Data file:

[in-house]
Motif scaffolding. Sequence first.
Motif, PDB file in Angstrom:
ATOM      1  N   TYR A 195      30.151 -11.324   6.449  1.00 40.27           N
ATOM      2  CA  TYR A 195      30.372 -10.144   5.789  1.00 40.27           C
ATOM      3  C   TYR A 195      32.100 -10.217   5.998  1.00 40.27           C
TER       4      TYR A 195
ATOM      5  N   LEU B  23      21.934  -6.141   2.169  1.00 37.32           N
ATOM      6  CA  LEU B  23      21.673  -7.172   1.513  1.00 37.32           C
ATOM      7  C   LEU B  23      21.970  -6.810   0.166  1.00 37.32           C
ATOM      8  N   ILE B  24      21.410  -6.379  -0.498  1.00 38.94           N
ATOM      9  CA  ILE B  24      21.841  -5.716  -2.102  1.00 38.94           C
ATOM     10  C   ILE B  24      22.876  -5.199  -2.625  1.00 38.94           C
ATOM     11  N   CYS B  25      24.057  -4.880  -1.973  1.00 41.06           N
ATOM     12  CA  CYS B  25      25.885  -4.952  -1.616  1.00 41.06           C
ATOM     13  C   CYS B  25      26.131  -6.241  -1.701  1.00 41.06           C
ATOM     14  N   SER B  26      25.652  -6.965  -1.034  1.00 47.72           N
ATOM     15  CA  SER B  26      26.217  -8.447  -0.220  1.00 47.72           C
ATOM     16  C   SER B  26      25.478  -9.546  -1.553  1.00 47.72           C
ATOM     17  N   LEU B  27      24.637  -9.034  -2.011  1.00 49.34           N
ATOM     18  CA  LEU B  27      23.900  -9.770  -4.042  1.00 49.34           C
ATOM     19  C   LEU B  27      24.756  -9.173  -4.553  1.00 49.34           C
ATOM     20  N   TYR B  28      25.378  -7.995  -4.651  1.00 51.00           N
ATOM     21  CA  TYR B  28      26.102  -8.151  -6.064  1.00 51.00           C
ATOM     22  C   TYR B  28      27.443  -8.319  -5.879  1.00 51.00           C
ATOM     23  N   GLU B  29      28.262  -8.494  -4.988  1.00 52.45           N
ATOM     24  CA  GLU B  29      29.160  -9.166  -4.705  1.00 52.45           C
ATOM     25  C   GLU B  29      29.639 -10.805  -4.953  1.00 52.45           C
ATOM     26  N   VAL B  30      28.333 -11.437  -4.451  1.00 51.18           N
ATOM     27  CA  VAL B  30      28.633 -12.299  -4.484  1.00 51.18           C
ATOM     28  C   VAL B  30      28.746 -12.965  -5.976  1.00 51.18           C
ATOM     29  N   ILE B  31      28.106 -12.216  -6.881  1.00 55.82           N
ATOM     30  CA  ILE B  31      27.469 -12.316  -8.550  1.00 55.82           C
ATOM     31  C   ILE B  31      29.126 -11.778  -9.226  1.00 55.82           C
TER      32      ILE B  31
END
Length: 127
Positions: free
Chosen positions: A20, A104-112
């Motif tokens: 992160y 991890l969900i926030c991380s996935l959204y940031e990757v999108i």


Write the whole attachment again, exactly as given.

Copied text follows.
[in-house]
Motif scaffolding. Sequence first.
Motif, PDB file in Angstrom:
ATOM      1  N   TYR A 195      30.151 -11.324   6.449  1.00 40.27           N
ATOM      2  CA  TYR A 195      30.372 -10.144   5.789  1.00 40.27           C
ATOM      3  C   TYR A 195      32.100 -10.217   5.998  1.00 40.27           C
TER       4      TYR A 195
ATOM      5  N   LEU B  23      21.934  -6.141   2.169  1.00 37.32           N
ATOM      6  CA  LEU B  23      21.673  -7.172   1.513  1.00 37.32           C
ATOM      7  C   LEU B  23      21.970  -6.810   0.166  1.00 37.32           C
ATOM      8  N   ILE B  24      21.410  -6.379  -0.498  1.00 38.94           N
ATOM      9  CA  ILE B  24      21.841  -5.716  -2.102  1.00 38.94           C
ATOM     10  C   ILE B  24      22.876  -5.199  -2.625  1.00 38.94           C
ATOM     11  N   CYS B  25      24.057  -4.880  -1.973  1.00 41.06           N
ATOM     12  CA  CYS B  25      25.885  -4.952  -1.616  1.00 41.06           C
ATOM     13  C   CYS B  25      26.131  -6.241  -1.701  1.00 41.06           C
ATOM     14  N   SER B  26      25.652  -6.965  -1.034  1.00 47.72           N
ATOM     15  CA  SER B  26      26.217  -8.447  -0.220  1.00 47.72           C
ATOM     16  C   SER B  26      25.478  -9.546  -1.553  1.00 47.72           C
ATOM     17  N   LEU B  27      24.637  -9.034  -2.011  1.00 49.34           N
ATOM     18  CA  LEU B  27      23.900  -9.770  -4.042  1.00 49.34           C
ATOM     19  C   LEU B  27      24.756  -9.173  -4.553  1.00 49.34           C
ATOM     20  N   TYR B  28      25.378  -7.995  -4.651  1.00 51.00           N
ATOM     21  CA  TYR B  28      26.102  -8.151  -6.064  1.00 51.00           C
ATOM     22  C   TYR B  28      27.443  -8.319  -5.879  1.00 51.00           C
ATOM     23  N   GLU B  29      28.262  -8.494  -4.988  1.00 52.45           N
ATOM     24  CA  GLU B  29      29.160  -9.166  -4.705  1.00 52.45           C
ATOM     25  C   GLU B  29      29.639 -10.805  -4.953  1.00 52.45           C
ATOM     26  N   VAL B  30      28.333 -11.437  -4.451  1.00 51.18           N
ATOM     27  CA  VAL B  30      28.633 -12.299  -4.484  1.00 51.18           C
ATOM     28  C   VAL B  30      28.746 -12.965  -5.976  1.00 51.18           C
ATOM     29  N   ILE B  31      28.106 -12.216  -6.881  1.00 55.82           N
ATOM     30  CA  ILE B  31      27.469 -12.316  -8.550  1.00 55.82           C
ATOM     31  C   ILE B  31      29.126 -11.778  -9.226  1.00 55.82           C
TER      32      ILE B  31
END
Length: 127
Positions: free
Chosen positions: A20, A104-112
């Motif tokens: 992160y 991890l969900i926030c991380s996935l959204y940031e990757v999108i």